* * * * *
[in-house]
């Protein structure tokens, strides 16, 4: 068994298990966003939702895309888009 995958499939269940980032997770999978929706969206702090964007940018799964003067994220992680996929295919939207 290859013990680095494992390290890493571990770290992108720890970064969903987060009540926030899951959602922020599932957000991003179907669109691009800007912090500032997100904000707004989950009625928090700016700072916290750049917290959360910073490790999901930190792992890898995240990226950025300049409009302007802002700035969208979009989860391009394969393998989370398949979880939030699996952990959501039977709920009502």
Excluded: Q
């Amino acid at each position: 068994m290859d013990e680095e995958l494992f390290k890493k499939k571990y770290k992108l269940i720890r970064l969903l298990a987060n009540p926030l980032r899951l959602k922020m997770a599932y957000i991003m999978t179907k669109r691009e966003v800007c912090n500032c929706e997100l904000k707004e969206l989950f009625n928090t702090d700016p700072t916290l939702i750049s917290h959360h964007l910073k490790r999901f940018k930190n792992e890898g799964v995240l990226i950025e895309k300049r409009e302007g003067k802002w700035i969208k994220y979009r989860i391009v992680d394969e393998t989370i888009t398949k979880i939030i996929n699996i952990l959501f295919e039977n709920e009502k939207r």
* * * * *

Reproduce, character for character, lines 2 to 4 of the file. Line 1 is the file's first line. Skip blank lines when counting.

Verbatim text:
């Protein structure tokens, strides 16, 4: 068994298990966003939702895309888009 995958499939269940980032997770999978929706969206702090964007940018799964003067994220992680996929295919939207 290859013990680095494992390290890493571990770290992108720890970064969903987060009540926030899951959602922020599932957000991003179907669109691009800007912090500032997100904000707004989950009625928090700016700072916290750049917290959360910073490790999901930190792992890898995240990226950025300049409009302007802002700035969208979009989860391009394969393998989370398949979880939030699996952990959501039977709920009502």
Excluded: Q
């Amino acid at each position: 068994m290859d013990e680095e995958l494992f390290k890493k499939k571990y770290k992108l269940i720890r970064l969903l298990a987060n009540p926030l980032r899951l959602k922020m997770a599932y957000i991003m999978t179907k669109r691009e966003v800007c912090n500032c929706e997100l904000k707004e969206l989950f009625n928090t702090d700016p700072t916290l939702i750049s917290h959360h964007l910073k490790r999901f940018k930190n792992e890898g799964v995240l990226i950025e895309k300049r409009e302007g003067k802002w700035i969208k994220y979009r989860i391009v992680d394969e393998t989370i888009t398949k979880i939030i996929n699996i952990l959501f295919e039977n709920e009502k939207r």